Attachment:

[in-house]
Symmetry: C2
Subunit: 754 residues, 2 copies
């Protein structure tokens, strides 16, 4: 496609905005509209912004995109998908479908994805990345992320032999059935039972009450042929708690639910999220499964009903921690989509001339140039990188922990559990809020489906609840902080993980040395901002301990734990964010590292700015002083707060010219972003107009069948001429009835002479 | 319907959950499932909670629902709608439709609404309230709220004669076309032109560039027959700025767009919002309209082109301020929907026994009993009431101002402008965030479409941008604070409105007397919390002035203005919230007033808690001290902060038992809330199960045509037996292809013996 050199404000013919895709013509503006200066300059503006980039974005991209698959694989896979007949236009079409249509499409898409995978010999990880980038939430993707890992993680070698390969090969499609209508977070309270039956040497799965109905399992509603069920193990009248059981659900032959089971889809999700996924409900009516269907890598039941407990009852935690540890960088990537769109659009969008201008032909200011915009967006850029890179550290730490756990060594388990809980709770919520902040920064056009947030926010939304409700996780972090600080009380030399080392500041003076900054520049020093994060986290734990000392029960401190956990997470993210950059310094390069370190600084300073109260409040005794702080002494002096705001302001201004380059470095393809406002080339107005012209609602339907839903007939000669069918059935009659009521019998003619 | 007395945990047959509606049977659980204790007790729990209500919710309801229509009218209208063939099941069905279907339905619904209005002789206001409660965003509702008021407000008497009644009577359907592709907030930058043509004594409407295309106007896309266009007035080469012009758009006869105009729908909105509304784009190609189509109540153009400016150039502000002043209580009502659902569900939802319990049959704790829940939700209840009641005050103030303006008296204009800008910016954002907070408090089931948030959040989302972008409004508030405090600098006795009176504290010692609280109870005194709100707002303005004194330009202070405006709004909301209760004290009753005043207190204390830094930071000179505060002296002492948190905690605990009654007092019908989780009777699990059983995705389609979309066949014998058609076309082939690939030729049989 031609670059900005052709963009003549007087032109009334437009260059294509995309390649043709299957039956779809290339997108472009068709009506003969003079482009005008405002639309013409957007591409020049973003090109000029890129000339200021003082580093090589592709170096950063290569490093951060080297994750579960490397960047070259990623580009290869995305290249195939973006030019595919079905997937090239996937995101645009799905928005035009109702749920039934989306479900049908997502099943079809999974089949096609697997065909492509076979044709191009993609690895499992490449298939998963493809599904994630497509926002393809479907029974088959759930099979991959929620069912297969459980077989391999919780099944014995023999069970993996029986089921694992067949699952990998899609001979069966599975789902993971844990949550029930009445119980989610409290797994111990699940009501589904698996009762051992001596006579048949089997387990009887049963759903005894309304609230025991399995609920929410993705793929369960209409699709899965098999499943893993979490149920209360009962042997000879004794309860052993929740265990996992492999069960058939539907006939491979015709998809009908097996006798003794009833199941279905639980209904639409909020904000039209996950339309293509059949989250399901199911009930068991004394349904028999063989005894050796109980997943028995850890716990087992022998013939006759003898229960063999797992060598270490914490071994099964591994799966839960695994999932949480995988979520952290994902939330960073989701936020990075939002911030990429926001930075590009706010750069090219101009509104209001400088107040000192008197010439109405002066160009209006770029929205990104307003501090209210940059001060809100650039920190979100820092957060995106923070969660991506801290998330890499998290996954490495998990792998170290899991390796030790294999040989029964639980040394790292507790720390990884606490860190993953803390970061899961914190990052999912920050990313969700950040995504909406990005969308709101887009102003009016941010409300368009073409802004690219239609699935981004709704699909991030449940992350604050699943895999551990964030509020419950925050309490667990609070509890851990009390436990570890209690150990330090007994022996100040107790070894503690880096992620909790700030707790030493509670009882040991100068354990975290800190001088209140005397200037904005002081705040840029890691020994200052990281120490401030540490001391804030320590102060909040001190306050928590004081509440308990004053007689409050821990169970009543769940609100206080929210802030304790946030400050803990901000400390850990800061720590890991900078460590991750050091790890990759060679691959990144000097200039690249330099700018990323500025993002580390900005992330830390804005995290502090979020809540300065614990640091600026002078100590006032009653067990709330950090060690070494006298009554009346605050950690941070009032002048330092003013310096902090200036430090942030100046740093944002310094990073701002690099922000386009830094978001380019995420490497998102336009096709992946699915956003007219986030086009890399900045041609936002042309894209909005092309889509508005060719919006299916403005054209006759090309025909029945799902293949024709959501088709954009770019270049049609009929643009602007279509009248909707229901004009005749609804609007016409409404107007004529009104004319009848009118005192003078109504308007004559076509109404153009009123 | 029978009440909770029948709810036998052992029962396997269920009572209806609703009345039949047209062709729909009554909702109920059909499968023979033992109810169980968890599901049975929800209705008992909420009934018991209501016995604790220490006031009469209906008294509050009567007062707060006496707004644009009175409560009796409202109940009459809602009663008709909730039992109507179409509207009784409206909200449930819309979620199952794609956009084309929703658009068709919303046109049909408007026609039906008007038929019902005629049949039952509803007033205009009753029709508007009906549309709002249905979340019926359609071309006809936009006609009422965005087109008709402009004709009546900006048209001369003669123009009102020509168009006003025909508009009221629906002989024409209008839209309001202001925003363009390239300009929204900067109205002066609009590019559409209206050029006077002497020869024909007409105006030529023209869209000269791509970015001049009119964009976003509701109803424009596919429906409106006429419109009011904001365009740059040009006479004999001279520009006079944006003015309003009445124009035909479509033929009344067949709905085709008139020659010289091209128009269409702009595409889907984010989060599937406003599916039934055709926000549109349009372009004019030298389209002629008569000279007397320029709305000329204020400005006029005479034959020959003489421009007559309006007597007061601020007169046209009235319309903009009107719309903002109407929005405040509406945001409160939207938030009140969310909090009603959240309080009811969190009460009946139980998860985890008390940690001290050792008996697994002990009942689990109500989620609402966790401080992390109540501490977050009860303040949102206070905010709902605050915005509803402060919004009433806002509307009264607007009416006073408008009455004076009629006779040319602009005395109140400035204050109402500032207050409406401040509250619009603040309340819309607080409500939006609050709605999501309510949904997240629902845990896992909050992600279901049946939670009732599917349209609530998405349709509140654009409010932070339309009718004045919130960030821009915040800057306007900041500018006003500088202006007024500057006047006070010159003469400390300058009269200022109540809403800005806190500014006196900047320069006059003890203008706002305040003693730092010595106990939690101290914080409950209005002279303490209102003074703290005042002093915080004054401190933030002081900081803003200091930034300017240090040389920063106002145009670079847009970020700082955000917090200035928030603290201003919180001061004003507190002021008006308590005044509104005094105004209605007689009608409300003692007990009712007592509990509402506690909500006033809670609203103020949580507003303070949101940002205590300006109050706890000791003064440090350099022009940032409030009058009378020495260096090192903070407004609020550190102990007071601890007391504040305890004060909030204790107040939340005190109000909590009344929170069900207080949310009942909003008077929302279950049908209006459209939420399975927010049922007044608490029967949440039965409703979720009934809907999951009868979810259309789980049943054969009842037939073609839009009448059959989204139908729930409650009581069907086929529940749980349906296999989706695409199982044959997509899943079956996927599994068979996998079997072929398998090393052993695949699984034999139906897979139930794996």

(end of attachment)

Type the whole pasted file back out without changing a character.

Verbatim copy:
[in-house]
Symmetry: C2
Subunit: 754 residues, 2 copies
């Protein structure tokens, strides 16, 4: 496609905005509209912004995109998908479908994805990345992320032999059935039972009450042929708690639910999220499964009903921690989509001339140039990188922990559990809020489906609840902080993980040395901002301990734990964010590292700015002083707060010219972003107009069948001429009835002479 | 319907959950499932909670629902709608439709609404309230709220004669076309032109560039027959700025767009919002309209082109301020929907026994009993009431101002402008965030479409941008604070409105007397919390002035203005919230007033808690001290902060038992809330199960045509037996292809013996 050199404000013919895709013509503006200066300059503006980039974005991209698959694989896979007949236009079409249509499409898409995978010999990880980038939430993707890992993680070698390969090969499609209508977070309270039956040497799965109905399992509603069920193990009248059981659900032959089971889809999700996924409900009516269907890598039941407990009852935690540890960088990537769109659009969008201008032909200011915009967006850029890179550290730490756990060594388990809980709770919520902040920064056009947030926010939304409700996780972090600080009380030399080392500041003076900054520049020093994060986290734990000392029960401190956990997470993210950059310094390069370190600084300073109260409040005794702080002494002096705001302001201004380059470095393809406002080339107005012209609602339907839903007939000669069918059935009659009521019998003619 | 007395945990047959509606049977659980204790007790729990209500919710309801229509009218209208063939099941069905279907339905619904209005002789206001409660965003509702008021407000008497009644009577359907592709907030930058043509004594409407295309106007896309266009007035080469012009758009006869105009729908909105509304784009190609189509109540153009400016150039502000002043209580009502659902569900939802319990049959704790829940939700209840009641005050103030303006008296204009800008910016954002907070408090089931948030959040989302972008409004508030405090600098006795009176504290010692609280109870005194709100707002303005004194330009202070405006709004909301209760004290009753005043207190204390830094930071000179505060002296002492948190905690605990009654007092019908989780009777699990059983995705389609979309066949014998058609076309082939690939030729049989 031609670059900005052709963009003549007087032109009334437009260059294509995309390649043709299957039956779809290339997108472009068709009506003969003079482009005008405002639309013409957007591409020049973003090109000029890129000339200021003082580093090589592709170096950063290569490093951060080297994750579960490397960047070259990623580009290869995305290249195939973006030019595919079905997937090239996937995101645009799905928005035009109702749920039934989306479900049908997502099943079809999974089949096609697997065909492509076979044709191009993609690895499992490449298939998963493809599904994630497509926002393809479907029974088959759930099979991959929620069912297969459980077989391999919780099944014995023999069970993996029986089921694992067949699952990998899609001979069966599975789902993971844990949550029930009445119980989610409290797994111990699940009501589904698996009762051992001596006579048949089997387990009887049963759903005894309304609230025991399995609920929410993705793929369960209409699709899965098999499943893993979490149920209360009962042997000879004794309860052993929740265990996992492999069960058939539907006939491979015709998809009908097996006798003794009833199941279905639980209904639409909020904000039209996950339309293509059949989250399901199911009930068991004394349904028999063989005894050796109980997943028995850890716990087992022998013939006759003898229960063999797992060598270490914490071994099964591994799966839960695994999932949480995988979520952290994902939330960073989701936020990075939002911030990429926001930075590009706010750069090219101009509104209001400088107040000192008197010439109405002066160009209006770029929205990104307003501090209210940059001060809100650039920190979100820092957060995106923070969660991506801290998330890499998290996954490495998990792998170290899991390796030790294999040989029964639980040394790292507790720390990884606490860190993953803390970061899961914190990052999912920050990313969700950040995504909406990005969308709101887009102003009016941010409300368009073409802004690219239609699935981004709704699909991030449940992350604050699943895999551990964030509020419950925050309490667990609070509890851990009390436990570890209690150990330090007994022996100040107790070894503690880096992620909790700030707790030493509670009882040991100068354990975290800190001088209140005397200037904005002081705040840029890691020994200052990281120490401030540490001391804030320590102060909040001190306050928590004081509440308990004053007689409050821990169970009543769940609100206080929210802030304790946030400050803990901000400390850990800061720590890991900078460590991750050091790890990759060679691959990144000097200039690249330099700018990323500025993002580390900005992330830390804005995290502090979020809540300065614990640091600026002078100590006032009653067990709330950090060690070494006298009554009346605050950690941070009032002048330092003013310096902090200036430090942030100046740093944002310094990073701002690099922000386009830094978001380019995420490497998102336009096709992946699915956003007219986030086009890399900045041609936002042309894209909005092309889509508005060719919006299916403005054209006759090309025909029945799902293949024709959501088709954009770019270049049609009929643009602007279509009248909707229901004009005749609804609007016409409404107007004529009104004319009848009118005192003078109504308007004559076509109404153009009123 | 029978009440909770029948709810036998052992029962396997269920009572209806609703009345039949047209062709729909009554909702109920059909499968023979033992109810169980968890599901049975929800209705008992909420009934018991209501016995604790220490006031009469209906008294509050009567007062707060006496707004644009009175409560009796409202109940009459809602009663008709909730039992109507179409509207009784409206909200449930819309979620199952794609956009084309929703658009068709919303046109049909408007026609039906008007038929019902005629049949039952509803007033205009009753029709508007009906549309709002249905979340019926359609071309006809936009006609009422965005087109008709402009004709009546900006048209001369003669123009009102020509168009006003025909508009009221629906002989024409209008839209309001202001925003363009390239300009929204900067109205002066609009590019559409209206050029006077002497020869024909007409105006030529023209869209000269791509970015001049009119964009976003509701109803424009596919429906409106006429419109009011904001365009740059040009006479004999001279520009006079944006003015309003009445124009035909479509033929009344067949709905085709008139020659010289091209128009269409702009595409889907984010989060599937406003599916039934055709926000549109349009372009004019030298389209002629008569000279007397320029709305000329204020400005006029005479034959020959003489421009007559309006007597007061601020007169046209009235319309903009009107719309903002109407929005405040509406945001409160939207938030009140969310909090009603959240309080009811969190009460009946139980998860985890008390940690001290050792008996697994002990009942689990109500989620609402966790401080992390109540501490977050009860303040949102206070905010709902605050915005509803402060919004009433806002509307009264607007009416006073408008009455004076009629006779040319602009005395109140400035204050109402500032207050409406401040509250619009603040309340819309607080409500939006609050709605999501309510949904997240629902845990896992909050992600279901049946939670009732599917349209609530998405349709509140654009409010932070339309009718004045919130960030821009915040800057306007900041500018006003500088202006007024500057006047006070010159003469400390300058009269200022109540809403800005806190500014006196900047320069006059003890203008706002305040003693730092010595106990939690101290914080409950209005002279303490209102003074703290005042002093915080004054401190933030002081900081803003200091930034300017240090040389920063106002145009670079847009970020700082955000917090200035928030603290201003919180001061004003507190002021008006308590005044509104005094105004209605007689009608409300003692007990009712007592509990509402506690909500006033809670609203103020949580507003303070949101940002205590300006109050706890000791003064440090350099022009940032409030009058009378020495260096090192903070407004609020550190102990007071601890007391504040305890004060909030204790107040939340005190109000909590009344929170069900207080949310009942909003008077929302279950049908209006459209939420399975927010049922007044608490029967949440039965409703979720009934809907999951009868979810259309789980049943054969009842037939073609839009009448059959989204139908729930409650009581069907086929529940749980349906296999989706695409199982044959997509899943079956996927599994068979996998079997072929398998090393052993695949699984034999139906897979139930794996």